The word “streak,” depending on your perspective, can bring a variety of images to mind: a lucky night at the blackjack table, that new stripe of blue in your teenager’s hair — maybe even the 1970s craze of sprinting through public events in the buff.
But for many, a streak means one thing and one thing only: how long you can consistently log activity through an app, be it a game like Wordle, a language-learning program like Duolingo, a social-media platform like Snapchat or an exercise or meditation tracker like Future or Headspace.
Not breaking that streak, actually, can become more important than the activity itself. It’s led to the creation of apps with one main purpose — tracking streaks for any task you can think of — and to people going to great lengths to keep their streak unbroken.
"It seems like a lot of platforms have caught on to the idea that embedding other sources of benefit to consumers from that repeated engagement — whether it's levels or badges or highlighting streaks — works to encourage engagement," Jackie Silverman, a professor of marketing psychology at the University of Delaware, tells Yahoo Life, noting that such apps that log streaks are diverse, and can be for tasks that range from Bible reading to banking.
Consumers are here for it, as Silverman found recently through her extensive research on the topic — a collection of studies, "On or Off Track: How (Broken) Streaks Affect Consumer Decisions," published in April in the Journal of Consumer Research. Among the findings: Streaks were a main source of motivation. Participants were more likely to engage in the behavior, whether step counting or word-game playing, on days when a streak was unbroken. And 59% of participants reported that they had “gone out of their way” to maintain their streaks on an app. Unsurprisingly, consumers seem "quite proud of and motivated by incredibly long streaks and are especially devastated when they are broken."
“There’s always someone out there who loves their streaks and will do anything for them,” Silverman says. That includes resorting to even "unpleasant or costly" things — whether it's paying extra fees to reinstate the app when you break the streak (as with Duolingo) or just going to extraordinary measures to not break it in the first place, as with the man in her pilot study who reported he once did his seven-minute workout in the back of a bar during a night of drinking so as to maintain his exercise streak.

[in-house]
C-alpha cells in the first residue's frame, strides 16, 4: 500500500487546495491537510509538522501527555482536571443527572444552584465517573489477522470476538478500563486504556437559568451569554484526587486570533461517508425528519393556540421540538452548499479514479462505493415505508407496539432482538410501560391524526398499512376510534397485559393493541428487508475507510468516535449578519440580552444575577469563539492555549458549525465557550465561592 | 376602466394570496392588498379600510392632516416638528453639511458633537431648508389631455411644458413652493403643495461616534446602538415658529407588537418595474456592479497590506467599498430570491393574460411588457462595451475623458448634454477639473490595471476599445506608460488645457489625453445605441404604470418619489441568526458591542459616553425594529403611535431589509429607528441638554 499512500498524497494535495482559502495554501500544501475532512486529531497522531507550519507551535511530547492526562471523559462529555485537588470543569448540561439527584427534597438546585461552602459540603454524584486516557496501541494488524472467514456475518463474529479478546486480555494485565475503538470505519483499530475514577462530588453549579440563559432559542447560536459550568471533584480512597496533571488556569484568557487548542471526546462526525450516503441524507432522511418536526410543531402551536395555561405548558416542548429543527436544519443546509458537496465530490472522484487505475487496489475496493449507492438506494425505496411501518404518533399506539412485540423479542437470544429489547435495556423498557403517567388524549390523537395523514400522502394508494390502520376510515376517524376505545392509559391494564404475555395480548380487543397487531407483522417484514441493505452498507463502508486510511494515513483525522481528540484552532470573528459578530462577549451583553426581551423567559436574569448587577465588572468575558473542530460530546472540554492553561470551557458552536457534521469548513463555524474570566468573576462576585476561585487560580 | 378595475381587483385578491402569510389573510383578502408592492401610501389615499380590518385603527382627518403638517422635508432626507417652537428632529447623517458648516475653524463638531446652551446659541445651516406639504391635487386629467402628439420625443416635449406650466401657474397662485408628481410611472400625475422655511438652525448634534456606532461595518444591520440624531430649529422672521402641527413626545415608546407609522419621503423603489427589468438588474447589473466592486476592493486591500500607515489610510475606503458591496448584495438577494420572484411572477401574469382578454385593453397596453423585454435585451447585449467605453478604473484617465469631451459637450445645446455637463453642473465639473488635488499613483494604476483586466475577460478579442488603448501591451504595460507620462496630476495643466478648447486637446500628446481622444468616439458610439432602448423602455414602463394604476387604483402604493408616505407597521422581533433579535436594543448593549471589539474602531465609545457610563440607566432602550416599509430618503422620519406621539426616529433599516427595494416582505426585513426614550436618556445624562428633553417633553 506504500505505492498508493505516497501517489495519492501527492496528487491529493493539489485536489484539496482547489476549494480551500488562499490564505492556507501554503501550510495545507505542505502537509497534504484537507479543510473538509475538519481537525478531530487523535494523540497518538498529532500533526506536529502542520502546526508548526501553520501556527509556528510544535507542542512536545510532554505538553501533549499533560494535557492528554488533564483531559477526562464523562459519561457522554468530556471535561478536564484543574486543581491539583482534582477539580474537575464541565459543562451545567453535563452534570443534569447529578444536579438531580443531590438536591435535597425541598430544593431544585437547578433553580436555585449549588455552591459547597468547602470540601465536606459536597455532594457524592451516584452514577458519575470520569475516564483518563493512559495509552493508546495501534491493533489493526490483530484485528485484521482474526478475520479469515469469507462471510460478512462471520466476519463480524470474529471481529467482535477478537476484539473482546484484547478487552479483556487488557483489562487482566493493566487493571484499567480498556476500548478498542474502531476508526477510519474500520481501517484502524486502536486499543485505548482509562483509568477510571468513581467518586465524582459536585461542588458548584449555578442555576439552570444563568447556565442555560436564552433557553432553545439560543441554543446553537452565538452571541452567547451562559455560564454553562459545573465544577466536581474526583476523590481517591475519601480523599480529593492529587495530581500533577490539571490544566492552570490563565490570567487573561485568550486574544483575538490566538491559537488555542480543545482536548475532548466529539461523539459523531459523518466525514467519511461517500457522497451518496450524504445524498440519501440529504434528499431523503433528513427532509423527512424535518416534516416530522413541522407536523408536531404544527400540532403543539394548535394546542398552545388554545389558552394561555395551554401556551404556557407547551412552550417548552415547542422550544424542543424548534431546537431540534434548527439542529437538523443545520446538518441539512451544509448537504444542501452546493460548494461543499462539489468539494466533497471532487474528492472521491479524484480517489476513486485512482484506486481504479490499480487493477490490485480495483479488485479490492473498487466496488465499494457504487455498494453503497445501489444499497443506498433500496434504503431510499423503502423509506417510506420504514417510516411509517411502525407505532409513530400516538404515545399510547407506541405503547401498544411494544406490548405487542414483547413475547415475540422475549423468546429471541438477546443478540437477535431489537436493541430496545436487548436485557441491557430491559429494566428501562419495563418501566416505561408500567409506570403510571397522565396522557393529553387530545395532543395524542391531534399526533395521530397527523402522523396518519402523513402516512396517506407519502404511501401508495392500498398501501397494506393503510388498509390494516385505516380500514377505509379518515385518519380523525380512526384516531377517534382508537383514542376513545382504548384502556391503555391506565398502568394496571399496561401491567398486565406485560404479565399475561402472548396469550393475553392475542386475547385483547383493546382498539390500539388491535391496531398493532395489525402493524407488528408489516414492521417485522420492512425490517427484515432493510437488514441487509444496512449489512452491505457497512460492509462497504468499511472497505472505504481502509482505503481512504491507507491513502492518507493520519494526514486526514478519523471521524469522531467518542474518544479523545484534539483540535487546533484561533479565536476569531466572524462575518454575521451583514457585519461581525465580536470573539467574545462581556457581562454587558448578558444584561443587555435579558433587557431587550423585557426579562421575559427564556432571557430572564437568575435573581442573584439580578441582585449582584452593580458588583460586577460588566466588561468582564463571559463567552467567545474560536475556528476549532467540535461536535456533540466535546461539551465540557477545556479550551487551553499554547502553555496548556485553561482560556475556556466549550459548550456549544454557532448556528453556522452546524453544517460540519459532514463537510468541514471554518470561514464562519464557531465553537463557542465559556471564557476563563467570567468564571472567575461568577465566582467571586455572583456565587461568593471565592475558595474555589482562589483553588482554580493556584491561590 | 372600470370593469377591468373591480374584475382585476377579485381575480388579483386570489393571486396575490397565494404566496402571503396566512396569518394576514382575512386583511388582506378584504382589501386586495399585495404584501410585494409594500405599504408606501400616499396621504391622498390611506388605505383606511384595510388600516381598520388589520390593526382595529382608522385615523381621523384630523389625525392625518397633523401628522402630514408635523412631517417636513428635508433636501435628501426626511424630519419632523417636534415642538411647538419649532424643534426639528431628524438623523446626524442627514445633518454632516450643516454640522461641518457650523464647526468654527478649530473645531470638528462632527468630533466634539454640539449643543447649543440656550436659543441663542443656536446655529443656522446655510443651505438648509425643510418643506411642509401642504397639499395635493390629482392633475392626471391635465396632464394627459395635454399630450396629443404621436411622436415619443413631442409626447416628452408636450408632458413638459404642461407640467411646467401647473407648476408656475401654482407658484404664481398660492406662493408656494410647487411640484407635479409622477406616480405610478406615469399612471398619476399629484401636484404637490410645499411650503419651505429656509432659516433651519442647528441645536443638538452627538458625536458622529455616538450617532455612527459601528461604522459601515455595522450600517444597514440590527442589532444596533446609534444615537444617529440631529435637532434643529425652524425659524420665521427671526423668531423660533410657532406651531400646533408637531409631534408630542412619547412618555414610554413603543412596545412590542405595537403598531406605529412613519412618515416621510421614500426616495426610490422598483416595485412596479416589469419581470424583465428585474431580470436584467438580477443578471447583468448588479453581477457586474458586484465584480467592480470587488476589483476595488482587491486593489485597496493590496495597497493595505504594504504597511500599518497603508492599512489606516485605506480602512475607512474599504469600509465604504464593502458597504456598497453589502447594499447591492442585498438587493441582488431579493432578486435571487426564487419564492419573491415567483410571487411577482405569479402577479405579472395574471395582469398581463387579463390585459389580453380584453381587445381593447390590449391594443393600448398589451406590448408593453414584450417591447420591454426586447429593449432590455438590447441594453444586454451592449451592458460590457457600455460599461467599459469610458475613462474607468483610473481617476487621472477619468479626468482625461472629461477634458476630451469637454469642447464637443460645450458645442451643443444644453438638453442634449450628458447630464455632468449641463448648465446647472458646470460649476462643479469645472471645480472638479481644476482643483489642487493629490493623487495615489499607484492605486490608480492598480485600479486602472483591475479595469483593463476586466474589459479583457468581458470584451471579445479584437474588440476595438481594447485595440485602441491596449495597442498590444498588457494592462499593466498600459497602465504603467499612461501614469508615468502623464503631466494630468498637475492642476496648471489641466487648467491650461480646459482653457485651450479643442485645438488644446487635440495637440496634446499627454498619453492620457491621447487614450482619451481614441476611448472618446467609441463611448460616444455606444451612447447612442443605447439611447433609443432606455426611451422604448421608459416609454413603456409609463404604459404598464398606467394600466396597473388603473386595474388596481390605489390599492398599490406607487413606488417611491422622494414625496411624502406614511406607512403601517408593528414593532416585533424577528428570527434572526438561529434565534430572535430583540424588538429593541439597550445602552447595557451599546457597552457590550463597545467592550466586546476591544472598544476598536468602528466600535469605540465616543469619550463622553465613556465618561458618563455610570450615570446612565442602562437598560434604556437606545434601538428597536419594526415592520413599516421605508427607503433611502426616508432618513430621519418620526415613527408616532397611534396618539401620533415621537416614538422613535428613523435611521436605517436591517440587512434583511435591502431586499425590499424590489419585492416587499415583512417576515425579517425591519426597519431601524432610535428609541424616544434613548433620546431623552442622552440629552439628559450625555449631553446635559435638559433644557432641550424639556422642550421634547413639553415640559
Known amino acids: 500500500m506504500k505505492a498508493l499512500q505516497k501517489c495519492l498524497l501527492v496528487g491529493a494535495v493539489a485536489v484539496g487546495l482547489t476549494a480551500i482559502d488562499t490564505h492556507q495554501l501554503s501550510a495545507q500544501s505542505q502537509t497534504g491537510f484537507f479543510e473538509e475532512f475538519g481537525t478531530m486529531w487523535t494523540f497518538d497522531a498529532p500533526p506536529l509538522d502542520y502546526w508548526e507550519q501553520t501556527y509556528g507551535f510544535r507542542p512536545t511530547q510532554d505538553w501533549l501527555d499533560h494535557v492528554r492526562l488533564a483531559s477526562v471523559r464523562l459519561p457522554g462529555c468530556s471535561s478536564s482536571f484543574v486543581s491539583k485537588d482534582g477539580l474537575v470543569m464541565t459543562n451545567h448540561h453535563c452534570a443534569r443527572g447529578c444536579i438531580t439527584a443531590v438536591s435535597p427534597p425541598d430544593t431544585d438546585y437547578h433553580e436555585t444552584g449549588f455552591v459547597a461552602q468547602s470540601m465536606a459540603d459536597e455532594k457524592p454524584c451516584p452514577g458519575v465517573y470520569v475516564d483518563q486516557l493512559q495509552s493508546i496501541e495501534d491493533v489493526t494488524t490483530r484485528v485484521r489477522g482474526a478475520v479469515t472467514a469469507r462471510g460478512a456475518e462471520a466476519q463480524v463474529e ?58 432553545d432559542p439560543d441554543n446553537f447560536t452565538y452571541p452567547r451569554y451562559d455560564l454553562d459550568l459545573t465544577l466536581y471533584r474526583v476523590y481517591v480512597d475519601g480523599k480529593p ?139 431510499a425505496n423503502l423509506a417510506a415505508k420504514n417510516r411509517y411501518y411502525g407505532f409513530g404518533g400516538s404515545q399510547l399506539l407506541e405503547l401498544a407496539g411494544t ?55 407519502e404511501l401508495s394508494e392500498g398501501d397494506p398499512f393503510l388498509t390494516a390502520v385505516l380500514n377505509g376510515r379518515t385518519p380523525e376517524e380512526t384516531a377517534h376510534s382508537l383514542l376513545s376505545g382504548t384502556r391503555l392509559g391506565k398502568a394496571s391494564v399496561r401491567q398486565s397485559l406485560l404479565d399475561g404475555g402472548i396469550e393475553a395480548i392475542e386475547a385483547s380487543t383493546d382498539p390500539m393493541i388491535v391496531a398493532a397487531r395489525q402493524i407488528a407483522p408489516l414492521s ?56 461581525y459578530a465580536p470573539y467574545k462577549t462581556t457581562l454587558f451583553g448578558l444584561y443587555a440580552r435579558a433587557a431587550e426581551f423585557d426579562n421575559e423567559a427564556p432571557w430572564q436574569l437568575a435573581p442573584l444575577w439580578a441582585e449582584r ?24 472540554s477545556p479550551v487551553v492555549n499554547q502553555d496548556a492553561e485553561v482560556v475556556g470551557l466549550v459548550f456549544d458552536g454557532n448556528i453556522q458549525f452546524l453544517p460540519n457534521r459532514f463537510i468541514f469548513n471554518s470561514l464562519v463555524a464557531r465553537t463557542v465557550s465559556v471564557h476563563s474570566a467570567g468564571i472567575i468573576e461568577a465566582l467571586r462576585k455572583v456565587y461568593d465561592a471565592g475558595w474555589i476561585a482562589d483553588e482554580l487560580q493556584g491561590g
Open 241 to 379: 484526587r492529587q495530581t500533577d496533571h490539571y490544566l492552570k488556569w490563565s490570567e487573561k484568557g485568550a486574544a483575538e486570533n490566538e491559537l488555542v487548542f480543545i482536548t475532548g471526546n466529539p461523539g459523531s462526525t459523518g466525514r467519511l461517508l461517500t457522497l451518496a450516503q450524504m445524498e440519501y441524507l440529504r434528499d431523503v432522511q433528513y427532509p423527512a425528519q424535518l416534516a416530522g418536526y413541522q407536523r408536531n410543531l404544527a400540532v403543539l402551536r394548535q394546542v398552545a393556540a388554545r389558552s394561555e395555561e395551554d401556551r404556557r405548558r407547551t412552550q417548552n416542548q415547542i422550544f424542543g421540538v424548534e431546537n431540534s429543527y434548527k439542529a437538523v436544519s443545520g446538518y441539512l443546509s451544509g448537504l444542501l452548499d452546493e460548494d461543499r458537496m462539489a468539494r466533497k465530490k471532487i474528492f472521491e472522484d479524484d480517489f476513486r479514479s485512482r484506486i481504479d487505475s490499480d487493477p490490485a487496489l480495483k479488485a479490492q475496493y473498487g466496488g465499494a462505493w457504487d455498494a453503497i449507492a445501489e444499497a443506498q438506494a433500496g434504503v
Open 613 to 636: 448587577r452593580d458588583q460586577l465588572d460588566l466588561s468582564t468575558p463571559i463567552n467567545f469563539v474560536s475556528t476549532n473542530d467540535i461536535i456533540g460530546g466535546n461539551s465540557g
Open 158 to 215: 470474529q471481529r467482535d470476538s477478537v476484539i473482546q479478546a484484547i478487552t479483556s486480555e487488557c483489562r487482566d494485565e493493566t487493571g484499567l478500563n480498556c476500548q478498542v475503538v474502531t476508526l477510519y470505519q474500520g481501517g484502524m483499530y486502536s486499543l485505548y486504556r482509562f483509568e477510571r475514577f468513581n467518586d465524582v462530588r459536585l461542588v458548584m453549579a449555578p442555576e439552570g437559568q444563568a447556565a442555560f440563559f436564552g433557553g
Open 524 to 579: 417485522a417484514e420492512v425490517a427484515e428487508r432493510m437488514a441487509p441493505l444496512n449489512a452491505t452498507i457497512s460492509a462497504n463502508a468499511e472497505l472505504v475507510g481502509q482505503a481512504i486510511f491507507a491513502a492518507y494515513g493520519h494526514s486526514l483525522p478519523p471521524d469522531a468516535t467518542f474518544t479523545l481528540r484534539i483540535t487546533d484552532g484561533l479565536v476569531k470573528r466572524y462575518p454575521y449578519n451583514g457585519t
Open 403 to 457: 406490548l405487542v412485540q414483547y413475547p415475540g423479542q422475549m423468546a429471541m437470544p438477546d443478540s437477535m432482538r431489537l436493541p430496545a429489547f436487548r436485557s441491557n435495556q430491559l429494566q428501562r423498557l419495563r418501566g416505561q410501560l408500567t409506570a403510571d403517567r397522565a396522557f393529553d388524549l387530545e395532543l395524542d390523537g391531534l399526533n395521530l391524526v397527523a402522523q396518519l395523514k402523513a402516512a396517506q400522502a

So what is it about keeping the streak going that's so compelling to so many?
Goals, positive reinforcement, peer pressure
"People view keeping these streaks going as a goal, and there’s lots and lots of psychology work about how goals really change what we do," and why "goal failure is extremely aversive and discouraging," Silverman explains. That includes a 2020 study that found setting attainable goals can improve overall happiness, and another, from 2019, finding that we receive a dopamine spike when we set a goal and when we are close to achieving one.
"One potential reason for the focus on the streak is that, psychologically, losses loom larger than gains, so when there is a streak we may feel like we have something to 'lose,'" Marina Milyavskaya, professor of psychology at Carleton University, in Ontario, Canada, tells Yahoo Life. She heads research at the university's Goal Pursuit and Self-Regulation Lab. "More is at stake, so as a goal it may become perceived as more valuable/important," she says.
Other motivators, says Silverman, include seeing evidence that you're keeping a streak going, which is "a form of feedback and reinforcement ... we’ve all been conditioned to like." It's also "really positive feedback that you’re on track to something," she adds.
Then there's the idea that "people like to collect things," and a streak, which is, essentially, a collection of daily achievements, "can be rewarding to people," she says. That, combined with the "continuous loop" of people talking about their streaks and the practice being emphasized by platforms, Silverman notes, reinforces the idea in society that "streaks mean something."
But beware — it may take over your attention in a way that becomes too intense, as streaks are also "insidious by nature," Adam Alter, a professor of marketing at New York University's Stern School of Business and author of Irresistible: The Rise of Addictive Technology and the Business of Keeping Us Hooked, told the Cut in 2019.
"The issue is that they tip into negative territory when they inspire obsessions," he explained. “A streak that gets you to take 10,000 steps every day is good until you have a stress injury, and push through it because you don’t want to abandon the streak."
As Milyavskaya adds, "In terms of what’s healthy vs. unhealthy, as with any goal it’s maladaptive to stubbornly pursue a goal that is no longer meaningful. So, as with any goal, it’s good to pause to consider, Why am I doing this?"